|Title||Towards resilience through systems-based plant breeding. A review|
|Author(s)||Lammerts van Bueren, Edith T.; Struik, Paul C.; Eekeren, Nick van; Nuijten, Edwin|
|Source||Agronomy for Sustainable Development 38 (2018)5. - ISSN 1774-0746|
Laboratory of Plant Breeding
Knowledge Technology and Innovation
|Publication type||Refereed Article in a scientific journal|
|Keyword(s)||Agrobiodiversity - Breeding strategies - Common good - Ecological resilience - Entrepreneurial models - Resource use efficiency - Seed systems - Social justice - Societal resilience - Sustainability|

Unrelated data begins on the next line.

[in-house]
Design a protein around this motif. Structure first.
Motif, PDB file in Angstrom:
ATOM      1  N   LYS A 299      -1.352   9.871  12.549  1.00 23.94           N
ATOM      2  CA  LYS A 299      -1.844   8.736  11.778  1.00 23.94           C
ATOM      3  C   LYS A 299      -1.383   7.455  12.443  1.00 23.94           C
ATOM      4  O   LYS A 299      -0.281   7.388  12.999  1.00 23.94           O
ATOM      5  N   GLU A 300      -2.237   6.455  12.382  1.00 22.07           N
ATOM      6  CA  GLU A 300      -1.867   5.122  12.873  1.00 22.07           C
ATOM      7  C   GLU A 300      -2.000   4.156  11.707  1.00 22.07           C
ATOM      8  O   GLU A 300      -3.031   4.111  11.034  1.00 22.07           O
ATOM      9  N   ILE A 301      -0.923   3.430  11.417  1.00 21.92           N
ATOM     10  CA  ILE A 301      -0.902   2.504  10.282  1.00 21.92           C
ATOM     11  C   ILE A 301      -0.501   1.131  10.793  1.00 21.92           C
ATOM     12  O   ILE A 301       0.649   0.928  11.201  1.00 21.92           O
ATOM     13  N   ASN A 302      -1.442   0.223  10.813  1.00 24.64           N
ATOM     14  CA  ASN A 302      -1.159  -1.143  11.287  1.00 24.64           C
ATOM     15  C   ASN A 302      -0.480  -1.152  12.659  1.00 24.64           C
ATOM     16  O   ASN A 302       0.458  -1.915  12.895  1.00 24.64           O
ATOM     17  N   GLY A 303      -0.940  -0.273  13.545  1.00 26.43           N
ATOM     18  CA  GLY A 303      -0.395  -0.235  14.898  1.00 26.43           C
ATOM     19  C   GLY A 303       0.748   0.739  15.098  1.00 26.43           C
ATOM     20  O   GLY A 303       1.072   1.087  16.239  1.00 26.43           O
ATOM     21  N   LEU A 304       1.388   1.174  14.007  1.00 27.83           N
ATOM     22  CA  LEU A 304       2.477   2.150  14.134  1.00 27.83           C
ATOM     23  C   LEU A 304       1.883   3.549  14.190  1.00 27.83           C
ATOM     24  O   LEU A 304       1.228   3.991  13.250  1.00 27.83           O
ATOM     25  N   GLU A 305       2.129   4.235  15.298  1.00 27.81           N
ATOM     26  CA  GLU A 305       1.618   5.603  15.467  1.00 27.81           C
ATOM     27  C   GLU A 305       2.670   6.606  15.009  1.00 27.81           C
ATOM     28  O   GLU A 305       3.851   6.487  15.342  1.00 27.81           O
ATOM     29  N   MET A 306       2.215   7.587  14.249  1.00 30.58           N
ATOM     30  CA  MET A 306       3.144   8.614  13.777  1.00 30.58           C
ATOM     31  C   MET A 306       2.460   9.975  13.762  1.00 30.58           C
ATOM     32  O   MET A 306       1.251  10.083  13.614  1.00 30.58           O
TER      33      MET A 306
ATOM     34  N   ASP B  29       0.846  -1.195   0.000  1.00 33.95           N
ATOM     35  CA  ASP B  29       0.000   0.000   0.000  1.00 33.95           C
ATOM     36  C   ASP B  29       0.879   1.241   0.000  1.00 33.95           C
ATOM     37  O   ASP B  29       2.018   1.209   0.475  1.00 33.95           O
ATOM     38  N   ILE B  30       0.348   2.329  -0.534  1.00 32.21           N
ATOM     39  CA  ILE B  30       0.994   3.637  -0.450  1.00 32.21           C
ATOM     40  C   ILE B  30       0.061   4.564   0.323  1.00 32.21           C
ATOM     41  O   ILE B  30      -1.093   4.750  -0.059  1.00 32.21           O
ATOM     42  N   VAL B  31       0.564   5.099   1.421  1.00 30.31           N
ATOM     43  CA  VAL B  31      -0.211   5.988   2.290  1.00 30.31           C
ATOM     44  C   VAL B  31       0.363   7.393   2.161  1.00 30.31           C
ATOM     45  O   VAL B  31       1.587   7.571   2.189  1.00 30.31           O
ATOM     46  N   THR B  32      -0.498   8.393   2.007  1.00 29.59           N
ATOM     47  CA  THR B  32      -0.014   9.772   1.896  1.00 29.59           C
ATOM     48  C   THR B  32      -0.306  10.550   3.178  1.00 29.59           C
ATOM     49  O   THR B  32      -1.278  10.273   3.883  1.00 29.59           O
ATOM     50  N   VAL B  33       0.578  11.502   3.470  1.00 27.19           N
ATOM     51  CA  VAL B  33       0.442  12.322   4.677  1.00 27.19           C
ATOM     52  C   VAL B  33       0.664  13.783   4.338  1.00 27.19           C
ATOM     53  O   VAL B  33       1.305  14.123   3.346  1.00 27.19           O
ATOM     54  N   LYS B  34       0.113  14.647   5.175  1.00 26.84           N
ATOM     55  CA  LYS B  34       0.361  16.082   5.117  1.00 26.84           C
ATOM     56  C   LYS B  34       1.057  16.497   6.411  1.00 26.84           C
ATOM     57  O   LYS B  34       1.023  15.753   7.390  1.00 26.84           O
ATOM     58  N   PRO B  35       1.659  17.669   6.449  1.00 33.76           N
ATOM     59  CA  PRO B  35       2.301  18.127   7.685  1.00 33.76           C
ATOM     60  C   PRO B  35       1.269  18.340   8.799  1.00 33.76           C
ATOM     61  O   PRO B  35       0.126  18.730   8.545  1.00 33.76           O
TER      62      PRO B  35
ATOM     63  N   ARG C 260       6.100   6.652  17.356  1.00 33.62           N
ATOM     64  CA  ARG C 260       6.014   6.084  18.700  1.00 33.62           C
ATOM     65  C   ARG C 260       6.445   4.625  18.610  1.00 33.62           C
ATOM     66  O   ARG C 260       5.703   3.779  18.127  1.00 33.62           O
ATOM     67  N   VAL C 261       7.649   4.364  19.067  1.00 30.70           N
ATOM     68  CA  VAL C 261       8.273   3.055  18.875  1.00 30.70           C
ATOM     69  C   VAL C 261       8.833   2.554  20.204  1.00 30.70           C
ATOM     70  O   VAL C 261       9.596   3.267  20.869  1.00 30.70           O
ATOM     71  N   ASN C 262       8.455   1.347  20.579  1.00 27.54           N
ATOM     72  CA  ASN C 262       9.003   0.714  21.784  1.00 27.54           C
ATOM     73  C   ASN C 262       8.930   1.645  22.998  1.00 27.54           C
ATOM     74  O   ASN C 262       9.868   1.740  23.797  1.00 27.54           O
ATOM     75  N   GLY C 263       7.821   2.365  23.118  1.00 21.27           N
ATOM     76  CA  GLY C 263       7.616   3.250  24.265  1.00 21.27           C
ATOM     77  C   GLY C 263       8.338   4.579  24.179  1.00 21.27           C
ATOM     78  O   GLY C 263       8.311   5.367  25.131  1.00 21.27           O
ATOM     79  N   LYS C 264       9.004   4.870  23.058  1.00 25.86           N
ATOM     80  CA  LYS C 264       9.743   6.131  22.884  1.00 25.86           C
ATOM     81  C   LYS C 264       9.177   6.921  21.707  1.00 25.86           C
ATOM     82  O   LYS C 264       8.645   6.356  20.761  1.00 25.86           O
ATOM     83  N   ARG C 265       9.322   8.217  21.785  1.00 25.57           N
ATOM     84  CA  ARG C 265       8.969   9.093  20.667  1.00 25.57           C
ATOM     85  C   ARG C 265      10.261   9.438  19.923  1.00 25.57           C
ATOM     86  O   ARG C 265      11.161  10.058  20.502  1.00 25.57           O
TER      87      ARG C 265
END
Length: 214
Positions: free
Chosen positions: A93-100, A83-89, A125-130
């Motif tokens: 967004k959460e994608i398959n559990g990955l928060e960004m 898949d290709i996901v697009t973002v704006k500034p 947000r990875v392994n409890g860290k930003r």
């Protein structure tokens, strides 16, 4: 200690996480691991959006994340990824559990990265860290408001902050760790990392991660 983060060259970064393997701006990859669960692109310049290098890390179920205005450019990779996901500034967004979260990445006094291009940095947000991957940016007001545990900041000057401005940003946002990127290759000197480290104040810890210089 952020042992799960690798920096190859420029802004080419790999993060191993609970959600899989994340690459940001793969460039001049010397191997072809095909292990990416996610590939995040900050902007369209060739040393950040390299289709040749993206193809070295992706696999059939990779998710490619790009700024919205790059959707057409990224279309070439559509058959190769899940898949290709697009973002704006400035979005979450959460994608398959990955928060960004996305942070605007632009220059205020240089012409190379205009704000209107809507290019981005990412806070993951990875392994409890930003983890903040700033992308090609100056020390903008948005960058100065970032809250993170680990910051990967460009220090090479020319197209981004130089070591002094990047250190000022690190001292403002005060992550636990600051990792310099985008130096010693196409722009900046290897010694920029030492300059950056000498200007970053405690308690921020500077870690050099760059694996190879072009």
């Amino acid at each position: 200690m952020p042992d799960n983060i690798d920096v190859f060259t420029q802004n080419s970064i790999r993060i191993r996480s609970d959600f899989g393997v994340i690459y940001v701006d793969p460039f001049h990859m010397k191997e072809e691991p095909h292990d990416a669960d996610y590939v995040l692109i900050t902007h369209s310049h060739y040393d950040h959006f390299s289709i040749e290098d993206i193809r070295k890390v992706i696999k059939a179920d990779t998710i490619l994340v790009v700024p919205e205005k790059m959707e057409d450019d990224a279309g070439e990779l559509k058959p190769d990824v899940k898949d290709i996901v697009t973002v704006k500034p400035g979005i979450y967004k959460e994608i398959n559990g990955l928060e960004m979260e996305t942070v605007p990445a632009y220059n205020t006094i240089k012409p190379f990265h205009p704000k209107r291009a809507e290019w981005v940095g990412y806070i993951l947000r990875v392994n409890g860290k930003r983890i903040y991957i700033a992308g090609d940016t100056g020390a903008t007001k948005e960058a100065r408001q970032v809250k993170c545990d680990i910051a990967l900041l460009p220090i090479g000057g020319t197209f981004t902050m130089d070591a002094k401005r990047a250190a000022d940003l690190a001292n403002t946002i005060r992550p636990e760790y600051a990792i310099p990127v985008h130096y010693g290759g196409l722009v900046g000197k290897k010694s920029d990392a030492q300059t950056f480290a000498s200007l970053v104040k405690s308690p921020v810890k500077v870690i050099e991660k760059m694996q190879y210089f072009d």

How the growing world population can feed itself is a crucial, multi-dimensional problem that goes beyond sustainable development. Crop production will be affected by many changes in its climatic, agronomic, economic, and societal contexts. Therefore, breeders are challenged to produce cultivars that strengthen both ecological and societal resilience by striving for six international sustainability targets: food security, safety and quality; food and seed sovereignty; social justice; agrobiodiversity; ecosystem services; and climate robustness. Against this background, we review the state of the art in plant breeding by distinguishing four paradigmatic orientations that currently co-exist: community-based breeding, ecosystem-based breeding, trait-based breeding, and corporate-based breeding, analyzing differences among these orientations. Our main findings are: (1) all four orientations have significant value but none alone will achieve all six sustainability targets; (2) therefore, an overarching approach is needed: “systems-based breeding,” an orientation with the potential to synergize the strengths of the ways of thinking in the current paradigmatic orientations; (3) achieving that requires specific knowledge development and integration, a multitude of suitable breeding strategies and tools, and entrepreneurship, but also a change in attitude based on corporate responsibility, circular economy and true-cost accounting, and fair and green policies. We conclude that systems-based breeding can create strong interactions between all system components. While seeds are part of the common good and the basis of agrobiodiversity, a diversity in breeding approaches, based on different entrepreneurial approaches, can also be considered part of the required agrobiodiversity. To enable systems-based breeding to play a major role in creating sustainable agriculture, a shared sense of urgency is needed to realize the required changes in breeding approaches, institutions, regulations and protocols. Based on this concept of systems-based breeding, there are opportunities for breeders to play an active role in the development of an ecologically and societally resilient, sustainable agriculture.